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See also Suspicionless checkpoint searches. See also Fourth Amendment (suspicionless seizures). Indianapolis v. Edmond, 531 U. S. 32 (2000) involved a checkpoint at which police stopped vehicles to look for evidence of drug crimes committed by occupants of those vehicles. After stopping a vehicle at the checkpoint, police would examine (from outside the vehicle) the vehicle's interior; they would walk a drug-sniffing dog around the exterior; and, if they found sufficient evidence of drug (or other) crimes, they would arrest the vehicle's occupants. 531 U. S., at 35. The Court found that police had set up this checkpoint primarily for general 'crime control' purposes, i.e., 'to detect evidence of ordinary criminal wrongdoing.' Id., at 41. The court noted that the stop was made without individualized suspicion. And it held that the Fourth Amendment forbids such a stop, in the absence of special circumstances. Id., at 44.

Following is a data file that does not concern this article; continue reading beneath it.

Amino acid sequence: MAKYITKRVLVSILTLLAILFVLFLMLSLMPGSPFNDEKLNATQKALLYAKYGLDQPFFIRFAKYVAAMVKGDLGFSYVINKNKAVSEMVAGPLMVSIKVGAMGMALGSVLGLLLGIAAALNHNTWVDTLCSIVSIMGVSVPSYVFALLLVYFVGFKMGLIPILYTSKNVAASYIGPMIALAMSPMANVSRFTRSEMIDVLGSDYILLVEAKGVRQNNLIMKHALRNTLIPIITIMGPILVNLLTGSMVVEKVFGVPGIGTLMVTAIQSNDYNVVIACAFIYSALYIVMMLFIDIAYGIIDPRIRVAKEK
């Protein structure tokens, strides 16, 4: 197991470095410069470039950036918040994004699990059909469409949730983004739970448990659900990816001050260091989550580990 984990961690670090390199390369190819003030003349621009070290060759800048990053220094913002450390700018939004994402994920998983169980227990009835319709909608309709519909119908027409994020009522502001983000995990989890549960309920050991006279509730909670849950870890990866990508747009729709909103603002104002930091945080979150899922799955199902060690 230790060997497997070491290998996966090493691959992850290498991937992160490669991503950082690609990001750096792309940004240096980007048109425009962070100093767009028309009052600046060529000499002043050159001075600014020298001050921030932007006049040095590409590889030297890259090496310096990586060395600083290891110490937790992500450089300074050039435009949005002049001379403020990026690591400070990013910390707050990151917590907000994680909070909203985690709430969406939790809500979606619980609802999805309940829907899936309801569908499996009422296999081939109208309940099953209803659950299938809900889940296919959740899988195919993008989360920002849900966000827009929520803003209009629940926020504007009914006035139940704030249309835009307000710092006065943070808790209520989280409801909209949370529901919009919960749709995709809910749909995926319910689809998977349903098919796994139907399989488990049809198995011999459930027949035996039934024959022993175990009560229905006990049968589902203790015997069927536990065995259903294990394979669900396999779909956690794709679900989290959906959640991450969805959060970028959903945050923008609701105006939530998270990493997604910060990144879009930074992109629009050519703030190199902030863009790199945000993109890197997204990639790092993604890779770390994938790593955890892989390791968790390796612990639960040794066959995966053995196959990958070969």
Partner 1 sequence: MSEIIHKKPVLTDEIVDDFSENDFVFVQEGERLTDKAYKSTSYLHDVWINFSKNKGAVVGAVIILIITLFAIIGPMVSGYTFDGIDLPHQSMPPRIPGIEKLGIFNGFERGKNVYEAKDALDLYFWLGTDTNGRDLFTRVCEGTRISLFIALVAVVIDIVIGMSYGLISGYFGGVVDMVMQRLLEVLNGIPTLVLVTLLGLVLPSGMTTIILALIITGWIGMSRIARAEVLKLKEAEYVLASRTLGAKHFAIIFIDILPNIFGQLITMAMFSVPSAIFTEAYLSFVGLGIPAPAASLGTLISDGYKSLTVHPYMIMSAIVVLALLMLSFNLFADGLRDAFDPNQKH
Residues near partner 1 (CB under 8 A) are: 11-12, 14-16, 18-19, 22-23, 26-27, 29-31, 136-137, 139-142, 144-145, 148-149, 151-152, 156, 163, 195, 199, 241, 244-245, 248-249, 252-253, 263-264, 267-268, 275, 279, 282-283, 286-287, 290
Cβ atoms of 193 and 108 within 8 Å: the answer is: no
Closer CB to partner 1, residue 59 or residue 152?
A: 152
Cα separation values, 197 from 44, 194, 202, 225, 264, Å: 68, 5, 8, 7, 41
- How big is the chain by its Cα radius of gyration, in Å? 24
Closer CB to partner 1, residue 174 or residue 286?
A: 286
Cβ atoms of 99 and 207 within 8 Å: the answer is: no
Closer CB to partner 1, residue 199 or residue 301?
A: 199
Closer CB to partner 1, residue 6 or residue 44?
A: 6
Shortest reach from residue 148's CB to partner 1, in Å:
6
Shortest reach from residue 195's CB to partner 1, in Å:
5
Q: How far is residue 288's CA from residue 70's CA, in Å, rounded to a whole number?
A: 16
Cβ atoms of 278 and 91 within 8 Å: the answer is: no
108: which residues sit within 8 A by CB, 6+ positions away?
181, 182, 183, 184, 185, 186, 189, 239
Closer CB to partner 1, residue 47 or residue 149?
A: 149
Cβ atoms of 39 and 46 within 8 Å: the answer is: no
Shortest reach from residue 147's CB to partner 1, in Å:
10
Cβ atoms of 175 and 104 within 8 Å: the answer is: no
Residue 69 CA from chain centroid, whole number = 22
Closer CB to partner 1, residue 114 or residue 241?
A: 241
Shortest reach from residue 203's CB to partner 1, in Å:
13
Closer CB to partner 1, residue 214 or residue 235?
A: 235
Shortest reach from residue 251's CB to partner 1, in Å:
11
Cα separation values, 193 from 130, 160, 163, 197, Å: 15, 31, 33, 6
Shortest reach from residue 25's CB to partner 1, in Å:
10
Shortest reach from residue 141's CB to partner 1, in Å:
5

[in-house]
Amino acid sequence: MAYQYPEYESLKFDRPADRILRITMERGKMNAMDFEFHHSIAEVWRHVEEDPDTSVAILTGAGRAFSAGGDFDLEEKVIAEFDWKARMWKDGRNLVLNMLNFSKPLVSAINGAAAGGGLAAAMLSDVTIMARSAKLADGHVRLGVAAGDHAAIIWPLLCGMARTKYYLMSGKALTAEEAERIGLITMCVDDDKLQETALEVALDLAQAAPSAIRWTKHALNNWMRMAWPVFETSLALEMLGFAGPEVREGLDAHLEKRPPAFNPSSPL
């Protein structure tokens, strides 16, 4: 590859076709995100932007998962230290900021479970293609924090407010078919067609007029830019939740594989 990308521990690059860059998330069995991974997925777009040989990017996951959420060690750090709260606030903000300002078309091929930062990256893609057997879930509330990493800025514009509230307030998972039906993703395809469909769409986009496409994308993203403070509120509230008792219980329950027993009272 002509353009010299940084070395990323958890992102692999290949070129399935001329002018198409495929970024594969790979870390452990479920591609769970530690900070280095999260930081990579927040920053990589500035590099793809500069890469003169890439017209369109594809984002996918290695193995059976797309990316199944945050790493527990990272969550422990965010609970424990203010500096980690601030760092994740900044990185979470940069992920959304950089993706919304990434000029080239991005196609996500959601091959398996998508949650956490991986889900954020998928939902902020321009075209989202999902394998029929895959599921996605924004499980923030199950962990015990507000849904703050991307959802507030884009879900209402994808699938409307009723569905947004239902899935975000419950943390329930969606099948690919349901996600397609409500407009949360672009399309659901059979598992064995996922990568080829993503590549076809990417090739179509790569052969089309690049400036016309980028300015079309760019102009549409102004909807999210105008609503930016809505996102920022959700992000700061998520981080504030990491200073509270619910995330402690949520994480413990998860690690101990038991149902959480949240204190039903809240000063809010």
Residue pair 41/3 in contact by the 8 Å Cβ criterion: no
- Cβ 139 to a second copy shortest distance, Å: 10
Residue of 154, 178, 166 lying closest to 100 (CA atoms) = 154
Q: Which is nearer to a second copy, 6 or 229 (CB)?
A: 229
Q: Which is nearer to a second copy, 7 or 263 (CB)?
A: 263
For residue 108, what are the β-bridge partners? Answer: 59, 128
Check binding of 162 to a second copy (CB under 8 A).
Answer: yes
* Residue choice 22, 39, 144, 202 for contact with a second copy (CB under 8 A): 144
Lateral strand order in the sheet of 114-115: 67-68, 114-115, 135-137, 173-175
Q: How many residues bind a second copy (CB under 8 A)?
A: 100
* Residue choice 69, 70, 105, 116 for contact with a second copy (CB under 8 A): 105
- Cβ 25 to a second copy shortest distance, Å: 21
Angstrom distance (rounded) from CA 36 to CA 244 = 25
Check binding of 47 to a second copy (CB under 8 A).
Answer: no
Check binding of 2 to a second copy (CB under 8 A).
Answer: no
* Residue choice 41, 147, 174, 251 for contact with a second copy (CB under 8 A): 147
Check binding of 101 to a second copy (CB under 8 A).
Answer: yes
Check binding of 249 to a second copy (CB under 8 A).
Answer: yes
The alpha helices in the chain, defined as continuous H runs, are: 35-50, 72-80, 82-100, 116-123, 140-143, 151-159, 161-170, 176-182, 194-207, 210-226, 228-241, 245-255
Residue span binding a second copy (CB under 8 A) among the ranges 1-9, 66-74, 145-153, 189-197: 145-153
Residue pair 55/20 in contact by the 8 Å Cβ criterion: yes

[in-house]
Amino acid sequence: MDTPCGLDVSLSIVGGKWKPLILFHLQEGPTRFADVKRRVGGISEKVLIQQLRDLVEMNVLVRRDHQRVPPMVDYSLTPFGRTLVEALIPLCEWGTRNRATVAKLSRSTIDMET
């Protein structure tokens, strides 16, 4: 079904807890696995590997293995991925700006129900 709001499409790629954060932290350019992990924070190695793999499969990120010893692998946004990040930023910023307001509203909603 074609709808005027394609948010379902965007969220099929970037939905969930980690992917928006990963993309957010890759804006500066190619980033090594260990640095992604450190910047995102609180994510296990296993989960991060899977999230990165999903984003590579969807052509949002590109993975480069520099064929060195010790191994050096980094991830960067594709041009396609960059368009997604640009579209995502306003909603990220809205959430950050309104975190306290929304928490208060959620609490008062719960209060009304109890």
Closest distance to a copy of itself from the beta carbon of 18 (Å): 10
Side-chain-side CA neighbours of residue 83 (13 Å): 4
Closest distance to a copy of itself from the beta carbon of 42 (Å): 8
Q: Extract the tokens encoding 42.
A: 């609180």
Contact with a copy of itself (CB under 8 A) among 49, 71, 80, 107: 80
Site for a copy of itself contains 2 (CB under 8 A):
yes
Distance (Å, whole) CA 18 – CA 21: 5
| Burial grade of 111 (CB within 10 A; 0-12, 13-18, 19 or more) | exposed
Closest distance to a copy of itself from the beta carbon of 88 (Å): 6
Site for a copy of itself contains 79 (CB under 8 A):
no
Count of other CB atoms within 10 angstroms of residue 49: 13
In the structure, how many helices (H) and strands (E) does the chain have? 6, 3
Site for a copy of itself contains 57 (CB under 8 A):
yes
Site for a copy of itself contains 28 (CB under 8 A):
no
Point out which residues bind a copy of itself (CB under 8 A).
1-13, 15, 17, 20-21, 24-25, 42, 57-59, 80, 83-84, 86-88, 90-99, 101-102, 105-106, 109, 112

However, if a stop's primary law enforcement purpose is not to determine whether a vehicle's occupants were committing a crime, but to ask vehicle occupants, as members of the public, for their help in providing information about a crime in all likelihood committed by others Edmond does ...

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